I can’t quite believe that this year’s garden openings are virtually over. I’ll be closing the garden gate here at Driftwood next week, on August 31. It has been quite a summer, the first with no public openings, apart from the Macmillan Trail weekend, yet we have still seen nearly 500 visitors pay to visit the garden, by appointment.

Through these visits, we have raised over £4,000 for charity, all going to either the National Garden Scheme or Macmillan Cancer Support. Certainly, a much better result than I had anticipated. Thank you so much to all those people who rang up or emailed in order to book a visit over the summer months.

A much-loved attraction once again in the garden this year, has been our elderly tortoise, Hector. We inherited him from my dad’s sister, Auntie Margaret, back in 2004, when she passed away.

Her husband did not really want him, as it has always been rumoured that she loved Hector more than him. He’s a very affectionate creature, loving human attention.

Local specialists have put him at over 100 years old and he is more than likely to see me out too, I reckon. I’ve left him in my will to her grand-daughter, who is now a vet.

Some beautiful sunshine plants to have in the garden, bringing any grey day to life, are gazanias.

They are a genus of flowering plants in the family Asteraceae, native to southern Africa. They produce large, daisy-like composite flowerheads in brilliant shades of yellow and orange, over a long period in summer.

They are often planted as drought-tolerant ground cover.

For the best results, plant them in areas that receive full sun. Shady areas can stifle the plant’s ability to fully open its blooms.

Being drought-tolerant they do not require much watering. Care is simple, once they’re planted and established in the garden, the plant does not require much of anything, other than watering. Expect more and bigger blooms though when you do water.

The Argus: Gazania red shadesGazania red shades

Gazania are annual or evergreen perennial plants that showcase vibrant two-tone or multi-coloured combinations atop strong, thick stems and bushy foliage.

Most have a spreading habit so will require plenty of space to expand and grow.

They are also known as treasure flowers for their jewel bright blooms and are fantastic for bringing colour to patios and sunny borders.

The blooms come in shades of rose, red, pink, bronze, gold and orange and are set off by the cool green foliage.

This year I opted for two varieties in my garden, Tiger Stripes mixed and Red Shades. Both are undemanding and free-flowering bedding plants which tolerate drought, or the windy coastal location, here at Driftwood with ease. You can see how great they look above.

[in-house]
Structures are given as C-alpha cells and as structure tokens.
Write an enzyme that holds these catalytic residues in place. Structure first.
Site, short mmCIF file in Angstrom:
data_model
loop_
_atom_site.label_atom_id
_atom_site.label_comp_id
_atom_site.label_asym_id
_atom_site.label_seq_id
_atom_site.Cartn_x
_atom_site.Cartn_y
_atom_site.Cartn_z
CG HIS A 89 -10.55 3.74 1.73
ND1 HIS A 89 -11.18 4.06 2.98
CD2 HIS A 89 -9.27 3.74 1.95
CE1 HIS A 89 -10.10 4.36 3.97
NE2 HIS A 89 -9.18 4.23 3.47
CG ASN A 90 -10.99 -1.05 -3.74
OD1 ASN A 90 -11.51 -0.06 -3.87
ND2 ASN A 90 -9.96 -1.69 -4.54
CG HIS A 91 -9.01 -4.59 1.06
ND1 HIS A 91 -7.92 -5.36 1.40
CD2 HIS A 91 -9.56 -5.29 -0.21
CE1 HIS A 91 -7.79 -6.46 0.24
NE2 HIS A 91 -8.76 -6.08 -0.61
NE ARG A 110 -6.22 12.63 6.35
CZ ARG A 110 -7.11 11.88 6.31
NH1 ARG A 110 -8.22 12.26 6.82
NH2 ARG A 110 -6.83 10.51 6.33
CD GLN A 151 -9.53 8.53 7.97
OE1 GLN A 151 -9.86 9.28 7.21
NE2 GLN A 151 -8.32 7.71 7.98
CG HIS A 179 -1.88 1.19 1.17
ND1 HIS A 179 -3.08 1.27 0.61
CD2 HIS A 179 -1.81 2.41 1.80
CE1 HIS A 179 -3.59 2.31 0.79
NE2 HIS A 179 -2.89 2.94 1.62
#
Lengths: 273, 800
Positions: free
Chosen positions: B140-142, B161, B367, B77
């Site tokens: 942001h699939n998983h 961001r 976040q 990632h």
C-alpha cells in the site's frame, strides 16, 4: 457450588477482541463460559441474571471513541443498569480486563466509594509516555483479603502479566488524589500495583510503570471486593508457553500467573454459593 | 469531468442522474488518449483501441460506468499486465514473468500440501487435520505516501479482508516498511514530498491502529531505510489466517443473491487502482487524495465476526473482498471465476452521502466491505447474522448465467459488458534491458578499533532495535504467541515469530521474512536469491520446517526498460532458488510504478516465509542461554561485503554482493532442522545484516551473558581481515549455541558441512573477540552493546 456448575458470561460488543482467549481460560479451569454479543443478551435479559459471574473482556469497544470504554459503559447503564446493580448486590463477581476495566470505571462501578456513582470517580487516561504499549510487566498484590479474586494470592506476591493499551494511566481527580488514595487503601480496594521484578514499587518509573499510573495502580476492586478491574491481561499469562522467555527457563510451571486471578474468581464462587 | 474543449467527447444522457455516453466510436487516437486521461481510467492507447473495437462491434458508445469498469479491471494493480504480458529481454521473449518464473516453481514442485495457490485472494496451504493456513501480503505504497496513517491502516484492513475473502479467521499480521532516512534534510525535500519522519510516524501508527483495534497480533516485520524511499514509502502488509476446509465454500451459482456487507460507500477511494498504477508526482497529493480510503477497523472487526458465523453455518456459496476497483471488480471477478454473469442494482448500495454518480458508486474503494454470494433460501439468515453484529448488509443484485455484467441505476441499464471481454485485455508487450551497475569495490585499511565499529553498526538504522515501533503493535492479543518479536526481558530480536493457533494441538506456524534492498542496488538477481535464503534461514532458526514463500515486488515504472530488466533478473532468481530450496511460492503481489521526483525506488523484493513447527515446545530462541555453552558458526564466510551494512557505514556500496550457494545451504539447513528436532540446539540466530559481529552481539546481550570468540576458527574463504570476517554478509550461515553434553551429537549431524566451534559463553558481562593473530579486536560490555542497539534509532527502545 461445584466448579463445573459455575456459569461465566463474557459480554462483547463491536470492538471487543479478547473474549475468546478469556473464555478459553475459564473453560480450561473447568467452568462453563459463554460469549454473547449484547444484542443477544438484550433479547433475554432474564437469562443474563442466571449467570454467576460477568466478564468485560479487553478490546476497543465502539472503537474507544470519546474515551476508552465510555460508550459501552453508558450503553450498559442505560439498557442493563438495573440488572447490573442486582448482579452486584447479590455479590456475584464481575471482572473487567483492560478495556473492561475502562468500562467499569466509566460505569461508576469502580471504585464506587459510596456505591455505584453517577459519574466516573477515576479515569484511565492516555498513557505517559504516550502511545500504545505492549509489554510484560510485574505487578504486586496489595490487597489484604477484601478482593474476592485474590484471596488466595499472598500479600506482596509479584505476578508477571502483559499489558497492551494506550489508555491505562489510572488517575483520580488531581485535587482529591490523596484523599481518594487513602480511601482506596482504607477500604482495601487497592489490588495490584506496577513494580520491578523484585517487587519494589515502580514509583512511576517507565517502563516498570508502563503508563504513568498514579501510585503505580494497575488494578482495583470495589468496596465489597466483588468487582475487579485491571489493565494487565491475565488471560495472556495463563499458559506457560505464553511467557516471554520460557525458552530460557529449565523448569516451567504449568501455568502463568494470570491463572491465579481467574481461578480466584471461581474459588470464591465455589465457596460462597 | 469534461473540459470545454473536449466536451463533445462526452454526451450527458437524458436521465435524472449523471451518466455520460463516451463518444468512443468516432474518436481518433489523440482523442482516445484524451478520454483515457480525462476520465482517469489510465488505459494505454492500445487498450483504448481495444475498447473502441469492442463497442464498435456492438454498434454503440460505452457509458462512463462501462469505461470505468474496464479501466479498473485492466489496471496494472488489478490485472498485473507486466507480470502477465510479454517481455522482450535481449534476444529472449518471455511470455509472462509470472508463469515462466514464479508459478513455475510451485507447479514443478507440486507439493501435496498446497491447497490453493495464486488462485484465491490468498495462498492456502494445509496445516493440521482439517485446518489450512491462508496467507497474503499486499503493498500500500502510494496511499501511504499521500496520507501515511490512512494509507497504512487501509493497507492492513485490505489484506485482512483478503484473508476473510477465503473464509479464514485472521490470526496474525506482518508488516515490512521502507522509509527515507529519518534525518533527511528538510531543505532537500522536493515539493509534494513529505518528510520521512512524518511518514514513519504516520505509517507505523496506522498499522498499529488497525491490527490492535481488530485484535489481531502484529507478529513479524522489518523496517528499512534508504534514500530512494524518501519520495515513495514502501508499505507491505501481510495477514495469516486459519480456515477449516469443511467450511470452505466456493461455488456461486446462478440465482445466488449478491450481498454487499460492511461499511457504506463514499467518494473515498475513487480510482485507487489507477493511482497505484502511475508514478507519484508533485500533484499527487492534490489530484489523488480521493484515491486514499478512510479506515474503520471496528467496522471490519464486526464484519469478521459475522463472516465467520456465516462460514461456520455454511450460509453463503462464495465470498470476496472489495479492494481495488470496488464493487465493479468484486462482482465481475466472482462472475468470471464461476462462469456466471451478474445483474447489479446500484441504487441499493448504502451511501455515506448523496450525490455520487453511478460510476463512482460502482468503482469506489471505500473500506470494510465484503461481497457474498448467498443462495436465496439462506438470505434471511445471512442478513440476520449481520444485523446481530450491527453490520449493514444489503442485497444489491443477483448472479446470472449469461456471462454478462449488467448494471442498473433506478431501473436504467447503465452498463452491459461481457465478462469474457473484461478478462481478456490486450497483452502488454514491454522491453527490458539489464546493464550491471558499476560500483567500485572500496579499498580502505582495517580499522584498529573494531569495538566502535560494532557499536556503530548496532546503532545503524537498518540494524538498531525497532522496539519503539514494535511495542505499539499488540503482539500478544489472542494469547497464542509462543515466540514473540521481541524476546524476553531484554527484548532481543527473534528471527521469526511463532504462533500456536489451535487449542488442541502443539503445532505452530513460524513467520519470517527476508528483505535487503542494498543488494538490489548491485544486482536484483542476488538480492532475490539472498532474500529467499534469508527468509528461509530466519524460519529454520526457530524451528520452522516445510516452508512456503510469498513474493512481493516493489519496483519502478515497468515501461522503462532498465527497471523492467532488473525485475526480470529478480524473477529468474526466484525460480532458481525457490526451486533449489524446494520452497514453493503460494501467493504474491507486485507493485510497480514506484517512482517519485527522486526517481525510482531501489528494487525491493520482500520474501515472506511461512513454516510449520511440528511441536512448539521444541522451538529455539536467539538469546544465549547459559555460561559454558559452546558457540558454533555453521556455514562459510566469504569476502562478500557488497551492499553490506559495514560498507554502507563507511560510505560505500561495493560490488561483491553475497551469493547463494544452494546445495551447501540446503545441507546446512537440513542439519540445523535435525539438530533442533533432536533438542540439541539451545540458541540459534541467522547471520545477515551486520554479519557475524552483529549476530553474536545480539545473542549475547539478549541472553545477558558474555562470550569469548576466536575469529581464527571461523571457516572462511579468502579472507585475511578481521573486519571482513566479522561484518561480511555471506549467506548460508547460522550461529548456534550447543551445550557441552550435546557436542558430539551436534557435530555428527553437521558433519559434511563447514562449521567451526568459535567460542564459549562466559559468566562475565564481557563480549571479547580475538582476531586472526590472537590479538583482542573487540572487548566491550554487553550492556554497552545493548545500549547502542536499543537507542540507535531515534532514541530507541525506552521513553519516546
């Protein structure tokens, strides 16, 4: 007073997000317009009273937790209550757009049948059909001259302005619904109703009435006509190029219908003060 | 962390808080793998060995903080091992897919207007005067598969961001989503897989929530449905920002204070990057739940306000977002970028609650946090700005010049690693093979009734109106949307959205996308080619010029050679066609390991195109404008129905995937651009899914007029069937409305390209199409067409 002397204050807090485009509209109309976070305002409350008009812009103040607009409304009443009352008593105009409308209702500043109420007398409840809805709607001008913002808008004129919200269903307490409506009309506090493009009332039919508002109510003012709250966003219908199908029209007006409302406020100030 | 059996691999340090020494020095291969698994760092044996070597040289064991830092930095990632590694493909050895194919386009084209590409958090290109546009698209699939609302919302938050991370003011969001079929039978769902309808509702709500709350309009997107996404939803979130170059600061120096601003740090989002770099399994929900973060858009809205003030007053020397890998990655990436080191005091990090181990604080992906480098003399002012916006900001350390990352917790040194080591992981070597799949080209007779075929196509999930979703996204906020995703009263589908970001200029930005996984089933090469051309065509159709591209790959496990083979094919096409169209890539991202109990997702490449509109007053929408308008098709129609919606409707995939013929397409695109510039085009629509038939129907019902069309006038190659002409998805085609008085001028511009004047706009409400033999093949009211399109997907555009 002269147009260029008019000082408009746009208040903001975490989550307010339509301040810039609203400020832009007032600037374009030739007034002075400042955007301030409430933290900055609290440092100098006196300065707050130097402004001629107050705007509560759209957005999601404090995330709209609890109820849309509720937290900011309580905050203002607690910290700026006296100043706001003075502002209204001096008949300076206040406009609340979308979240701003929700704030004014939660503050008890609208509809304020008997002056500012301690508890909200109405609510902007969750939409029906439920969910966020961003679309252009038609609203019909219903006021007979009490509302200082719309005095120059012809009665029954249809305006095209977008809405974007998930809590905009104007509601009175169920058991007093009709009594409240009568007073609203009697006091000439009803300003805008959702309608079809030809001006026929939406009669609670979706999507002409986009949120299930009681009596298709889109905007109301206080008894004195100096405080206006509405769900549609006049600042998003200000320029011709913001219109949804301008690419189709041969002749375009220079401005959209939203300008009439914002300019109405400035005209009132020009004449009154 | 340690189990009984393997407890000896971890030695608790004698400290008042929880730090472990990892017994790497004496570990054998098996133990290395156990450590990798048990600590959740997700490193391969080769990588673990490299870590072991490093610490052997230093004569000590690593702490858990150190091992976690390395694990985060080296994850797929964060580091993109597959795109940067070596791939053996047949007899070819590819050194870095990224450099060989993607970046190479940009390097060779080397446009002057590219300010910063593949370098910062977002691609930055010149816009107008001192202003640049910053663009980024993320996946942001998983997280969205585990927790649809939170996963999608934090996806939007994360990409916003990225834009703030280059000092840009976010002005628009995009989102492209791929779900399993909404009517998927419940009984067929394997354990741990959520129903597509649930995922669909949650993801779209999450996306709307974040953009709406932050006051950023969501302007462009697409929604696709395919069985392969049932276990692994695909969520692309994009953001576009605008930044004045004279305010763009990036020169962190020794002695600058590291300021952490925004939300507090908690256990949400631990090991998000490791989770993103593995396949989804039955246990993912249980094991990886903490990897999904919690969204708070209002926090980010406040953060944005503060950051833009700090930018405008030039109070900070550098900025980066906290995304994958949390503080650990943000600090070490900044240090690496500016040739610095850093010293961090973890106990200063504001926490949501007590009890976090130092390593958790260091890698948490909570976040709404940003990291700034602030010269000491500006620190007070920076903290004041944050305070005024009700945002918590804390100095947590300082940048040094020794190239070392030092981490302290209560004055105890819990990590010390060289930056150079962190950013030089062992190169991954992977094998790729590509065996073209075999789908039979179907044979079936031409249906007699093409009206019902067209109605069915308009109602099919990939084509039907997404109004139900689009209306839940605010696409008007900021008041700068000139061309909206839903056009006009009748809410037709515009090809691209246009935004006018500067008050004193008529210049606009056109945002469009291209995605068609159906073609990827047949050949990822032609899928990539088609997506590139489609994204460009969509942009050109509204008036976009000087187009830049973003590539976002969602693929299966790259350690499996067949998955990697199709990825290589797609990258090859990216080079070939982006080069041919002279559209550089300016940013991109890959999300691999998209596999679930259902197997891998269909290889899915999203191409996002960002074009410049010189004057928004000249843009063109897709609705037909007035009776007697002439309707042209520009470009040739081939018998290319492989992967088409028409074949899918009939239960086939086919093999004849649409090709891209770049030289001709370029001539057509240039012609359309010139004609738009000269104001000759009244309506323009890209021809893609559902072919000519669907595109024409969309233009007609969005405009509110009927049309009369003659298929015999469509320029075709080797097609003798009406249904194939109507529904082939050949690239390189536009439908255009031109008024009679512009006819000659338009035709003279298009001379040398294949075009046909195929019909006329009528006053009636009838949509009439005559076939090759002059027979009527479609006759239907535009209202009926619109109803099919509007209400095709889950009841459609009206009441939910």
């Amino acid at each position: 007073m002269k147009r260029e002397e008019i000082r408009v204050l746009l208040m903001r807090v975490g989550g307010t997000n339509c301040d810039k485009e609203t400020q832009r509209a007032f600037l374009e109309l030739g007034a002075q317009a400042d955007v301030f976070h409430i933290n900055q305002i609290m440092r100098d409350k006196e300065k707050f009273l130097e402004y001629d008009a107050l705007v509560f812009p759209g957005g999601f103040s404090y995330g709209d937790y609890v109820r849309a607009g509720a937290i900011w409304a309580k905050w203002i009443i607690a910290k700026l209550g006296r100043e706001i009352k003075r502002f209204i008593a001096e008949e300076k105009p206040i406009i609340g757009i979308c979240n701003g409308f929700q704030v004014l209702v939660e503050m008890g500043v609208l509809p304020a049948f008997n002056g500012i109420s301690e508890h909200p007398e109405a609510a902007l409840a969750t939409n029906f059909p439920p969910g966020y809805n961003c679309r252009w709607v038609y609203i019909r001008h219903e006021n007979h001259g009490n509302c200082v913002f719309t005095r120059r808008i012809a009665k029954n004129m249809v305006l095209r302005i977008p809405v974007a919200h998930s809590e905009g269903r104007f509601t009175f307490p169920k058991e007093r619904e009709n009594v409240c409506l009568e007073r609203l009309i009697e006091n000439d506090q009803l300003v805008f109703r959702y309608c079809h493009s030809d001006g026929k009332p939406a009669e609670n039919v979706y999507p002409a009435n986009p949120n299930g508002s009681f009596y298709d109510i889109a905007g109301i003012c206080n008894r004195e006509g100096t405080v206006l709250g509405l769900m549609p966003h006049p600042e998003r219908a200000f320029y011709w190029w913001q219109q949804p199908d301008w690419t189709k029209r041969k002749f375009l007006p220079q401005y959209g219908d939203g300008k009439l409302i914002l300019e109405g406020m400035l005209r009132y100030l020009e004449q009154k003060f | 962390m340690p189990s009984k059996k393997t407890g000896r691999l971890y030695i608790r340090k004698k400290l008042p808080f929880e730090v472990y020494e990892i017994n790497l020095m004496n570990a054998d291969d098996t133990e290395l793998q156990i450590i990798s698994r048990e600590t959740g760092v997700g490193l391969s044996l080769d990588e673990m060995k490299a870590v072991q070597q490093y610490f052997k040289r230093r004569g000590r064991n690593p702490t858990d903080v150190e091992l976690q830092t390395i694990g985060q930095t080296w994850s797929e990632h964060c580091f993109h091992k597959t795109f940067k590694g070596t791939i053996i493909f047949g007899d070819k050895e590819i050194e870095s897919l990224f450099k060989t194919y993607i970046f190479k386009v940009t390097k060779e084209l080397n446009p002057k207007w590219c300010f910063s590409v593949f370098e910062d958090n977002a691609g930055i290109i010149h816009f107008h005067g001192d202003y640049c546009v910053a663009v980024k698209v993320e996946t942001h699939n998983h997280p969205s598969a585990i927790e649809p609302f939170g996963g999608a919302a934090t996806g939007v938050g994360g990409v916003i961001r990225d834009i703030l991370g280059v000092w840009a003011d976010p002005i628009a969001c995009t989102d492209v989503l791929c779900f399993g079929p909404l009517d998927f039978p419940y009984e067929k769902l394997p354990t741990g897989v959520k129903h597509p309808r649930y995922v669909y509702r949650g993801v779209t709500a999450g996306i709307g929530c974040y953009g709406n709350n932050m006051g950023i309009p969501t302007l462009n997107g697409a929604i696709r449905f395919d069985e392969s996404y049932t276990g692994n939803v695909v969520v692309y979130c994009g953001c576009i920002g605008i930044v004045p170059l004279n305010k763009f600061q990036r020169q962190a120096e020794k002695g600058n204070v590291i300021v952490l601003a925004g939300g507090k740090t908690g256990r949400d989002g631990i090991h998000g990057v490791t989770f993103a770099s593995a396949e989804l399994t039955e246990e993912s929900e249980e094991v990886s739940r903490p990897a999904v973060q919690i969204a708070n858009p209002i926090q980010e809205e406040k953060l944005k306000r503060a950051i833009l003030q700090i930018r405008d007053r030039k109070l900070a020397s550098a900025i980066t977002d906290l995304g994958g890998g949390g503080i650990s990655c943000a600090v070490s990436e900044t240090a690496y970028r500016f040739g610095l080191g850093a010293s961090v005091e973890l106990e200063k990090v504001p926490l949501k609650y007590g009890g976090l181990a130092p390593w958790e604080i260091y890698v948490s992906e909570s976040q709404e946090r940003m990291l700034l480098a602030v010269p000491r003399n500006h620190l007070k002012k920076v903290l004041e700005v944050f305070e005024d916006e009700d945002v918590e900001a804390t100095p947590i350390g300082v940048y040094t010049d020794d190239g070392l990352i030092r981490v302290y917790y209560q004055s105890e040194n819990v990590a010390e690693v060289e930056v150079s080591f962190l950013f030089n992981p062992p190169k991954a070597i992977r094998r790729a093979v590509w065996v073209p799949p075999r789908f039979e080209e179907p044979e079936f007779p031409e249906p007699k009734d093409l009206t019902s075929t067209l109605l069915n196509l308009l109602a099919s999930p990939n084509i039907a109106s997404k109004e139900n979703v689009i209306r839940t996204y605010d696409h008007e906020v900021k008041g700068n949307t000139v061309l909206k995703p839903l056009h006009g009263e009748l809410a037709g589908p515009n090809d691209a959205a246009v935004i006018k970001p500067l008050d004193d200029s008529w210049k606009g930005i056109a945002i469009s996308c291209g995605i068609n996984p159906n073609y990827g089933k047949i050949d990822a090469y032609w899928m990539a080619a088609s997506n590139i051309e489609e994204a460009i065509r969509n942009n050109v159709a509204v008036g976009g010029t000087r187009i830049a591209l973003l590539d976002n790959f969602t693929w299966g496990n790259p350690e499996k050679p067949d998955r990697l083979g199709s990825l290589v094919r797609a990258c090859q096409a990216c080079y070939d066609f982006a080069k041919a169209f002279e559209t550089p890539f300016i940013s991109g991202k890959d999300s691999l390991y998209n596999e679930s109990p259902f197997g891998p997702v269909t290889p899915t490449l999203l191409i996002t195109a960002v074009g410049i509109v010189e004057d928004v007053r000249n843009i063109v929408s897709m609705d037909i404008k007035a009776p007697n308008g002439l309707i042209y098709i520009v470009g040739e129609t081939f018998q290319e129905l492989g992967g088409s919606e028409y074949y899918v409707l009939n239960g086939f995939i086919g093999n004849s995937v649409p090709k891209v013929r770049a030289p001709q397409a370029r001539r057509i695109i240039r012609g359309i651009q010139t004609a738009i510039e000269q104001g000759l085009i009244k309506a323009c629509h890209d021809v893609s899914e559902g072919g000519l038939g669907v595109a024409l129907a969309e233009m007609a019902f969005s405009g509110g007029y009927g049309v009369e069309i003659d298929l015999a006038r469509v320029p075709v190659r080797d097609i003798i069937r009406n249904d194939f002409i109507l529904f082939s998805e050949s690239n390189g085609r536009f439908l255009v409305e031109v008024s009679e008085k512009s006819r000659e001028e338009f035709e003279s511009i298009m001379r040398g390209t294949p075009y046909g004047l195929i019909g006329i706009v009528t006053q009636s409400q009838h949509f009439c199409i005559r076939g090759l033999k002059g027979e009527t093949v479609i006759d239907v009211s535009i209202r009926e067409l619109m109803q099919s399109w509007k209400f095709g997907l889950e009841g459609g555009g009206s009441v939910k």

The Argus: Gazania Tiger StripesGazania Tiger Stripes

The number of gardens opening for the National Garden Scheme start to decline now, as the autumn approaches. Whilst there are none this weekend, you can venture out to see two lovely gardens in Lindfield on Monday between 1pm and 5pm.

The first is Lindfield Jungle, at 16 Newton Road in the town. This is a surprising, intimate garden which has been transformed into an atmospheric jungle oasis planted for tropical effect. It is lush and exuberant with an emphasis on foliage and hot colours.

From the planter’s terrace enjoy the winding path through lilies, cannas, ginger and bamboo to the tranquil sundowner’s deck over hidden pools.

The second garden is 47 Denmans Lane, a beautiful and tranquil one-acre plot which has been planted for year-round interest, with ponds, vegetables and fruit gardens to see too.

The combined admission to see both gardens is £6 with full details at www.ngs.org.uk

I shall be talking to Joe Talbot on Dig It, on BBC Radio Sussex on Sunday afternoon at about 1.40pm for my penultimate session this year.

Listen in to hear about gardens opening for the National Garden Scheme in September, across Sussex, Surrey and North East Hampshire.

Another great summertime showstopper is alstroemeria Indian Summer, or Peruvian lily. I’ve been growing it in my garden for many years now.

The plant is lovely and has a unique, strong, bronze purple tinge to the foliage which makes it attractive even before the stunning flowers emerge.

What’s more, they will keep flowering all summer and are naturally hardy to about minus 7C.

It is a clump-forming perennial, reaching about 75cm to 90cm tall, with bronze-green lance-shaped leaves.

It is certainly a prolific plant, with its open clusters of funnel-shaped flowers from summer right through until the autumn. They are bright copper-orange, with yellow markings and purple-brown streaks on the inner petals.

A truly dazzling combination in my book. The plant will grow well in either full sun or partial shade, perfect in the border or they work well in containers too.

Read more of Geoff’s garden at www.driftwoodbysea.co.uk